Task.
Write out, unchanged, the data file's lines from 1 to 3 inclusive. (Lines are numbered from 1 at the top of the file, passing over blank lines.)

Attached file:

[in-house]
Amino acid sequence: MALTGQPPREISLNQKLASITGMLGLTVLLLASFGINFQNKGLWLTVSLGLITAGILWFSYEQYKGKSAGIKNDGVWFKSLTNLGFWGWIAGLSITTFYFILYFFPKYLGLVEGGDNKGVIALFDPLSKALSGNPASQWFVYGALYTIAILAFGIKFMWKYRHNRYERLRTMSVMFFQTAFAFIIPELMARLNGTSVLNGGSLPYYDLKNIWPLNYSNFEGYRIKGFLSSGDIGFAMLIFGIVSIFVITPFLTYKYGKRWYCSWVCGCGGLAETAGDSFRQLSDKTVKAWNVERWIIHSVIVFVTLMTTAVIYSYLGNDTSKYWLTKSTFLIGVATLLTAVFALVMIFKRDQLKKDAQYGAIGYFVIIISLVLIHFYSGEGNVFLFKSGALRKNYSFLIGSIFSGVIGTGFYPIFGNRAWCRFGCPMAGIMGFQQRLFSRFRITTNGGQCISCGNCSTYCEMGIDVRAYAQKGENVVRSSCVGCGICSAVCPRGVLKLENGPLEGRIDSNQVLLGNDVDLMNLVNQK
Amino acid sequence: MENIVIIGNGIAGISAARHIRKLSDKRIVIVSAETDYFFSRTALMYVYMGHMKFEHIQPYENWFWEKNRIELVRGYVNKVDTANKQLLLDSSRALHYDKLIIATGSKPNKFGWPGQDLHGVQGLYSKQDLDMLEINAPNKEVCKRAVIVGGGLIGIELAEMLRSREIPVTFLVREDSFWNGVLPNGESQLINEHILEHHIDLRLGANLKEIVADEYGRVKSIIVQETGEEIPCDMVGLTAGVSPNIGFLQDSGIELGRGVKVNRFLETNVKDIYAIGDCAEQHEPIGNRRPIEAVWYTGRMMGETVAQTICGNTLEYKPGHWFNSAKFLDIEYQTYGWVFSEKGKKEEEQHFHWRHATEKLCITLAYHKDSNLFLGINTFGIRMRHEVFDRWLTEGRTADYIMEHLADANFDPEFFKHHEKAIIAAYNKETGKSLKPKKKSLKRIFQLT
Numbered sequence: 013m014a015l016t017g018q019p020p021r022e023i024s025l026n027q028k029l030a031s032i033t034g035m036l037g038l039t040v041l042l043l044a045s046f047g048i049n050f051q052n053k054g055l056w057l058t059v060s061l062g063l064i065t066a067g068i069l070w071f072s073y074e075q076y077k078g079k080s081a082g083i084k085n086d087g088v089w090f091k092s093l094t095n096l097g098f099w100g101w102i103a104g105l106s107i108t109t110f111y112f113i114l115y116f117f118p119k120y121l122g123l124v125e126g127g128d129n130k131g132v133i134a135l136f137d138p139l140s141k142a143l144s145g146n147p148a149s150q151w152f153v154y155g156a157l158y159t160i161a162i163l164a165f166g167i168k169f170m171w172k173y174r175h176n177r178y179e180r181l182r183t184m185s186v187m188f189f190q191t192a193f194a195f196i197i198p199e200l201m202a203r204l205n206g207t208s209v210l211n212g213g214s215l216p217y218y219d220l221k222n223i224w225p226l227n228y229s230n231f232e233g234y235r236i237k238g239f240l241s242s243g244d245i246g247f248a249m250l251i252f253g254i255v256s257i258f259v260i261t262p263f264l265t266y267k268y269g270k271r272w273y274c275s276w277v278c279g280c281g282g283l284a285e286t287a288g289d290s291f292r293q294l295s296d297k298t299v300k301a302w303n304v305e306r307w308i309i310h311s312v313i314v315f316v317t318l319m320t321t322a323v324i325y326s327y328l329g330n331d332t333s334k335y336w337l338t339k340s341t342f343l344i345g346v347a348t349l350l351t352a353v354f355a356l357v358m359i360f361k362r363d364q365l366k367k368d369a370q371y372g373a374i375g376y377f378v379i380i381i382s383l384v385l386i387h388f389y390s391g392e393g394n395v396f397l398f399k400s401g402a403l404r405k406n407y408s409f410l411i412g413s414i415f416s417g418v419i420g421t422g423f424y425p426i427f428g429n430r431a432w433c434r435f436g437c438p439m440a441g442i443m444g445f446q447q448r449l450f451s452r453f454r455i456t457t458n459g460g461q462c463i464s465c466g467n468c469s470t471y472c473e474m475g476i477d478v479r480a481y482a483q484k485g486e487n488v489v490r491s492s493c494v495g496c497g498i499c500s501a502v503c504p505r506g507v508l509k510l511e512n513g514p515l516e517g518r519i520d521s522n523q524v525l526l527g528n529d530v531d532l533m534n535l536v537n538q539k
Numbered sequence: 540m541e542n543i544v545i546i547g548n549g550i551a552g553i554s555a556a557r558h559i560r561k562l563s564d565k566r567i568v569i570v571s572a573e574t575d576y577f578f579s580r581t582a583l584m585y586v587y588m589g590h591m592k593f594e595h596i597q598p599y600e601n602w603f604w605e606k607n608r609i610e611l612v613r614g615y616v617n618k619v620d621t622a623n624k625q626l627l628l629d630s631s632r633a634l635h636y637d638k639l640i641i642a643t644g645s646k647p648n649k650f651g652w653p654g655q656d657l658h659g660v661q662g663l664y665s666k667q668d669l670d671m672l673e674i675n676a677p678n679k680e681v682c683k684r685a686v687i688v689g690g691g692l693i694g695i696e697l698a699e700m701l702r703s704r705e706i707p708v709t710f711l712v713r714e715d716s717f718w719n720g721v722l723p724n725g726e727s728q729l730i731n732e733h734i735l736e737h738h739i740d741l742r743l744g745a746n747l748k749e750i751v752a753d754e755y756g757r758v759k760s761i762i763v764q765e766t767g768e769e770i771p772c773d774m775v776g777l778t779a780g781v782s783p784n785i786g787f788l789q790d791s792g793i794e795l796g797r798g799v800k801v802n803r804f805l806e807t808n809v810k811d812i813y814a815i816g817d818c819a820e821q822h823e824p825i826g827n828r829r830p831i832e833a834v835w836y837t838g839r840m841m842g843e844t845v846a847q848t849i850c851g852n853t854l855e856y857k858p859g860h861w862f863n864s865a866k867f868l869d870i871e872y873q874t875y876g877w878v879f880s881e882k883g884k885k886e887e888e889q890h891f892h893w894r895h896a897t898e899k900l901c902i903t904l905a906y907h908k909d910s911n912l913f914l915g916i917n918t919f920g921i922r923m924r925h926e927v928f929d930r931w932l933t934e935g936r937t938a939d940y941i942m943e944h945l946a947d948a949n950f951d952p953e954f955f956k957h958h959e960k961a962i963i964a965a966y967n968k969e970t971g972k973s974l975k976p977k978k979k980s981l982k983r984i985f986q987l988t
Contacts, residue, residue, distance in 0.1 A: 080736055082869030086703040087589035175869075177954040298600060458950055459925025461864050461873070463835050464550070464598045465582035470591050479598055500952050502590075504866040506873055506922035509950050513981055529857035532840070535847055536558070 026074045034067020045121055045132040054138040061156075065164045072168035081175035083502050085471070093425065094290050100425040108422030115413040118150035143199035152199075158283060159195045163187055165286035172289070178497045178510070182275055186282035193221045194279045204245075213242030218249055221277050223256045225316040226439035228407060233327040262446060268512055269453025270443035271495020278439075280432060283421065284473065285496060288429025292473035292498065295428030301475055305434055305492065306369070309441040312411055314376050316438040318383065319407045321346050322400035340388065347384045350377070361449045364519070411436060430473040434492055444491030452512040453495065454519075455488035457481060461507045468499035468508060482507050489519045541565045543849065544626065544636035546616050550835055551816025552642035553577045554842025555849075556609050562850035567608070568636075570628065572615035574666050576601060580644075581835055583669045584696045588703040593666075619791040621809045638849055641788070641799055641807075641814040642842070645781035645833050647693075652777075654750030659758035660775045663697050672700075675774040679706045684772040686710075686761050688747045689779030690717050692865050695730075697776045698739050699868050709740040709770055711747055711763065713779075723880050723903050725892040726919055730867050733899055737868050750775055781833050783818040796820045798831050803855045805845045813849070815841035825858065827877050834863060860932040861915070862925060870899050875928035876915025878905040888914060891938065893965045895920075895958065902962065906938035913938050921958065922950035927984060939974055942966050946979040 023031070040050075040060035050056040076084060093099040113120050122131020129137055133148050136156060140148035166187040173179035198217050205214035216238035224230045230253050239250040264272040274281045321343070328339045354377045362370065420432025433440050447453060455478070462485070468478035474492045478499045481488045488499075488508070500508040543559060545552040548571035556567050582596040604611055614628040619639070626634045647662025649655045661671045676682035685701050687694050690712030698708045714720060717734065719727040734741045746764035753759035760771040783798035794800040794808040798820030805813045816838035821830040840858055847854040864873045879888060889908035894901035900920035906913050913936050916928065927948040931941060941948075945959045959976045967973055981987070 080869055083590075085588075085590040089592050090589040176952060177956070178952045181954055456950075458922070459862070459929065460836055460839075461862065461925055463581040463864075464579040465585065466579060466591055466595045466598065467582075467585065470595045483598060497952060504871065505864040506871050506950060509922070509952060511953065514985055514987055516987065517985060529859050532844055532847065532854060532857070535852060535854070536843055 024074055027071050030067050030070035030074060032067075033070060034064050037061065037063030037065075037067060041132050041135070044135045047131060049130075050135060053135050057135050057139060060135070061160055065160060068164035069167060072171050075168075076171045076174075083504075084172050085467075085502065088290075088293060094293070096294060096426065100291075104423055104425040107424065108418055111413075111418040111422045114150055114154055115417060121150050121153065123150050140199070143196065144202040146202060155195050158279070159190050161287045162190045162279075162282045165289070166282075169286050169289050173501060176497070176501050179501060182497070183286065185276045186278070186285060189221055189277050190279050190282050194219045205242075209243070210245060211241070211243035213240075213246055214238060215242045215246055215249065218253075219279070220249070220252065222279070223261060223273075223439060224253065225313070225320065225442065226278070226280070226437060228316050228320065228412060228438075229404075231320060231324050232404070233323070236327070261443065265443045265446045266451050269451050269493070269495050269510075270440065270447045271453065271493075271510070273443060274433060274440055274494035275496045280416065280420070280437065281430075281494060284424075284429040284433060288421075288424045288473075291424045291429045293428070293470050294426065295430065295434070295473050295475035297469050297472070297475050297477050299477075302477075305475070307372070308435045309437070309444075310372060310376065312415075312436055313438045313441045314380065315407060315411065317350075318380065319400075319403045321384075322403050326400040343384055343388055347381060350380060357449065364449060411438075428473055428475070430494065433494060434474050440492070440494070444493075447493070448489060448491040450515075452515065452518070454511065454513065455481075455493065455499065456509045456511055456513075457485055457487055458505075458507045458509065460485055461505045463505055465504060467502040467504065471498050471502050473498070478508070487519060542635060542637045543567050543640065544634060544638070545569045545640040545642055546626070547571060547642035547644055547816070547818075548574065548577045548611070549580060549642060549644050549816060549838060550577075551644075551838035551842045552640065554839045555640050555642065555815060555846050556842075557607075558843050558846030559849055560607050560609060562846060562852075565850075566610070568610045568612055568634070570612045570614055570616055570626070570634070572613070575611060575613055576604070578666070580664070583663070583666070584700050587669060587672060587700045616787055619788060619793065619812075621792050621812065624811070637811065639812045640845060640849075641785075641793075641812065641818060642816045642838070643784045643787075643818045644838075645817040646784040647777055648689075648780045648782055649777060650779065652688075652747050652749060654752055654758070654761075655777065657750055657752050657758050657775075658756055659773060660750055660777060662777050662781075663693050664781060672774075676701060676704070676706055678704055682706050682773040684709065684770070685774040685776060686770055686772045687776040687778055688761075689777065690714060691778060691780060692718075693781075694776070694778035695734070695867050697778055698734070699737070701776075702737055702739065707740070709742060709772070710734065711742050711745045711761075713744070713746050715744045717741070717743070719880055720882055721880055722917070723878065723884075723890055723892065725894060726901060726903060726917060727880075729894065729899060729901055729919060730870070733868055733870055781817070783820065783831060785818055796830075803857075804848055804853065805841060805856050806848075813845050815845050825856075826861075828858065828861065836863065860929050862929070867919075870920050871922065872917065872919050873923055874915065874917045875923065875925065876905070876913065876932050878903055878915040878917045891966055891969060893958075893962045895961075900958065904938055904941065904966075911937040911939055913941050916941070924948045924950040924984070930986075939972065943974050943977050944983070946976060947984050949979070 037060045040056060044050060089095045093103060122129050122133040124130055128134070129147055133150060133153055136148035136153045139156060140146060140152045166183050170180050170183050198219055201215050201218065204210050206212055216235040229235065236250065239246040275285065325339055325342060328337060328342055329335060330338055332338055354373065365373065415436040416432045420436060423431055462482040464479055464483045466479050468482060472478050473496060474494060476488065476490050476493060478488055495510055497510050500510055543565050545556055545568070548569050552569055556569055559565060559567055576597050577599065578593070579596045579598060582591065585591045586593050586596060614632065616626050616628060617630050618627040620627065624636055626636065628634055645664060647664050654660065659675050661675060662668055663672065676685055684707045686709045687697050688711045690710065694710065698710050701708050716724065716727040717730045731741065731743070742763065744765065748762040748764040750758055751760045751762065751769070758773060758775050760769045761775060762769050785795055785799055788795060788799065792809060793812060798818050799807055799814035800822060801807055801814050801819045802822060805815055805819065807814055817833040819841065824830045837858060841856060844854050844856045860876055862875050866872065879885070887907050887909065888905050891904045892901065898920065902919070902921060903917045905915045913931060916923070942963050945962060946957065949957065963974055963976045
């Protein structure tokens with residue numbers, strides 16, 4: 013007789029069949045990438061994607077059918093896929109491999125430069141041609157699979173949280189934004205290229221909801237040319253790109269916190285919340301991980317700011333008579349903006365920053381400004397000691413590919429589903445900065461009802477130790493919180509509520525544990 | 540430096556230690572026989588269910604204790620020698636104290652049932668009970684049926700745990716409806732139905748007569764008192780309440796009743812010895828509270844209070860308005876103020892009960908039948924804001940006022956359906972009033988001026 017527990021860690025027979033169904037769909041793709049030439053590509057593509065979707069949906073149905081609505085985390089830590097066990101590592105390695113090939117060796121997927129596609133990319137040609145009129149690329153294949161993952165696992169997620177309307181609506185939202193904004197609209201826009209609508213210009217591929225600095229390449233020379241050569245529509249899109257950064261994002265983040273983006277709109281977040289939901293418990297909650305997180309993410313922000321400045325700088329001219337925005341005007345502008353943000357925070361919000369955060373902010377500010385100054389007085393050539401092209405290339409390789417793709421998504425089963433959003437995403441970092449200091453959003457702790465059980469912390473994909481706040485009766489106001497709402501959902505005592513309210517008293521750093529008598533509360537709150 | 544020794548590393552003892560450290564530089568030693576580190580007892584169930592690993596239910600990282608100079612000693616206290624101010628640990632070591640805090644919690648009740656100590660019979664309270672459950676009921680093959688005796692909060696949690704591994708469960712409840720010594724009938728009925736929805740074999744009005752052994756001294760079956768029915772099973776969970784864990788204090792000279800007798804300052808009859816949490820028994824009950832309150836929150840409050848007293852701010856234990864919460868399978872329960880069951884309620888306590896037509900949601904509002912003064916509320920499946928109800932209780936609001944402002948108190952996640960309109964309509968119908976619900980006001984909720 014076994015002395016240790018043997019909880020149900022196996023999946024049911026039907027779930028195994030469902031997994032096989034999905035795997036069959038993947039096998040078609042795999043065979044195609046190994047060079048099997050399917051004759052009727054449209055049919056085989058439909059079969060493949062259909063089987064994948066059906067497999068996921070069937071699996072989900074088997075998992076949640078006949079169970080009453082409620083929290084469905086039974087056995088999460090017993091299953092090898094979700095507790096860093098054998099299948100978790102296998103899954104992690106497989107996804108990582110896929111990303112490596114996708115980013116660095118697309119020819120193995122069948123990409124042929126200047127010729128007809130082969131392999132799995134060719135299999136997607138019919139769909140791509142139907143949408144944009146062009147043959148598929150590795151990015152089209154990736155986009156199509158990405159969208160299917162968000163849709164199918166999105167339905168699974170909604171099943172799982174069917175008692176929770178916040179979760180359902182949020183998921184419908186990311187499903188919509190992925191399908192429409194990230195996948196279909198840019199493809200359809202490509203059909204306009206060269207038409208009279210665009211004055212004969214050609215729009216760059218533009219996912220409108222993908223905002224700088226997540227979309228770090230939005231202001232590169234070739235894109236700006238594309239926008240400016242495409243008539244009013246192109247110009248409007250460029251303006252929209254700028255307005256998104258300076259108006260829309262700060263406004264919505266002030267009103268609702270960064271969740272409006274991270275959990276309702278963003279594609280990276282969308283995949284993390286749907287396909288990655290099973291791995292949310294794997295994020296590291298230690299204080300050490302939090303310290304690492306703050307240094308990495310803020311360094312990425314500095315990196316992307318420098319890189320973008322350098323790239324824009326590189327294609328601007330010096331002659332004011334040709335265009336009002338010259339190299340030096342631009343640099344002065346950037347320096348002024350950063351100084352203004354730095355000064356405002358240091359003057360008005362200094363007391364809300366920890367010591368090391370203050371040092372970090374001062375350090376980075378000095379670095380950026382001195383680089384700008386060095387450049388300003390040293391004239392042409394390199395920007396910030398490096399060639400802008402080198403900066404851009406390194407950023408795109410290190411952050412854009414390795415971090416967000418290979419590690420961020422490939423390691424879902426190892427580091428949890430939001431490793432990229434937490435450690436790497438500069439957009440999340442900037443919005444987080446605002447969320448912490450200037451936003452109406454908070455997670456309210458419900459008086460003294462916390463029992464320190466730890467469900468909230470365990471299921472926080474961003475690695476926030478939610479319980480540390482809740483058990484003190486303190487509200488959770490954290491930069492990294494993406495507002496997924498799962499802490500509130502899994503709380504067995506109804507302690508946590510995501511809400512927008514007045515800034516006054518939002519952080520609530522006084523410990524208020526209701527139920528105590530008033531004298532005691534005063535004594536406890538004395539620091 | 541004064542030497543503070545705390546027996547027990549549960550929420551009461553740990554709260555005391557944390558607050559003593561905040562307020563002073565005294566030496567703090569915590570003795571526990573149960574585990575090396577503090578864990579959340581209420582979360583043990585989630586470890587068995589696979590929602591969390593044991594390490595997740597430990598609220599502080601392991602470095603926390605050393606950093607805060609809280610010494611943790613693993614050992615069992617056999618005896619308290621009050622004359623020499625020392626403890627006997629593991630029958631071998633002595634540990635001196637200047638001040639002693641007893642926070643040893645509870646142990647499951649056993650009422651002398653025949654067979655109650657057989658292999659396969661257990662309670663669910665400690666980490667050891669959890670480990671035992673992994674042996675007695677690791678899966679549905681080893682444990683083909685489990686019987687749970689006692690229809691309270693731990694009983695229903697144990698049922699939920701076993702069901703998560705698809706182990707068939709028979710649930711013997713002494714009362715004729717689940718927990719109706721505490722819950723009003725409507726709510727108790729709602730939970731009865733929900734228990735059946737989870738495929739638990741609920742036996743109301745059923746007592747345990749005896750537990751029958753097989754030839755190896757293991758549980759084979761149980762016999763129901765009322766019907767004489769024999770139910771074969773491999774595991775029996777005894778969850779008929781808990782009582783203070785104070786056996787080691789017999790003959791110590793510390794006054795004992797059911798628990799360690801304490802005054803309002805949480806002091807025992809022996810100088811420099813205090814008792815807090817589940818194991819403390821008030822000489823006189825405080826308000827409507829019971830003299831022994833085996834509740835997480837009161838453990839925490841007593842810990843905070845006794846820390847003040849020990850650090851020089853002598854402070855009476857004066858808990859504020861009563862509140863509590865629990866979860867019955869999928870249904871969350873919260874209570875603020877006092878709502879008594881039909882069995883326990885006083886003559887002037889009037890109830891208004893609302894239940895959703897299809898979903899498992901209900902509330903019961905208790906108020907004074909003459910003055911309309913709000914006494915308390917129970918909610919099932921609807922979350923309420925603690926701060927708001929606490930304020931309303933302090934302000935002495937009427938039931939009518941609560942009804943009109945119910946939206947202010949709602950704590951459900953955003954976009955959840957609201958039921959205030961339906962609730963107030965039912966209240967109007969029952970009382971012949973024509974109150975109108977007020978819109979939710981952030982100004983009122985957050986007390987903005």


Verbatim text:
[in-house]
Amino acid sequence: MALTGQPPREISLNQKLASITGMLGLTVLLLASFGINFQNKGLWLTVSLGLITAGILWFSYEQYKGKSAGIKNDGVWFKSLTNLGFWGWIAGLSITTFYFILYFFPKYLGLVEGGDNKGVIALFDPLSKALSGNPASQWFVYGALYTIAILAFGIKFMWKYRHNRYERLRTMSVMFFQTAFAFIIPELMARLNGTSVLNGGSLPYYDLKNIWPLNYSNFEGYRIKGFLSSGDIGFAMLIFGIVSIFVITPFLTYKYGKRWYCSWVCGCGGLAETAGDSFRQLSDKTVKAWNVERWIIHSVIVFVTLMTTAVIYSYLGNDTSKYWLTKSTFLIGVATLLTAVFALVMIFKRDQLKKDAQYGAIGYFVIIISLVLIHFYSGEGNVFLFKSGALRKNYSFLIGSIFSGVIGTGFYPIFGNRAWCRFGCPMAGIMGFQQRLFSRFRITTNGGQCISCGNCSTYCEMGIDVRAYAQKGENVVRSSCVGCGICSAVCPRGVLKLENGPLEGRIDSNQVLLGNDVDLMNLVNQK
Amino acid sequence: MENIVIIGNGIAGISAARHIRKLSDKRIVIVSAETDYFFSRTALMYVYMGHMKFEHIQPYENWFWEKNRIELVRGYVNKVDTANKQLLLDSSRALHYDKLIIATGSKPNKFGWPGQDLHGVQGLYSKQDLDMLEINAPNKEVCKRAVIVGGGLIGIELAEMLRSREIPVTFLVREDSFWNGVLPNGESQLINEHILEHHIDLRLGANLKEIVADEYGRVKSIIVQETGEEIPCDMVGLTAGVSPNIGFLQDSGIELGRGVKVNRFLETNVKDIYAIGDCAEQHEPIGNRRPIEAVWYTGRMMGETVAQTICGNTLEYKPGHWFNSAKFLDIEYQTYGWVFSEKGKKEEEQHFHWRHATEKLCITLAYHKDSNLFLGINTFGIRMRHEVFDRWLTEGRTADYIMEHLADANFDPEFFKHHEKAIIAAYNKETGKSLKPKKKSLKRIFQLT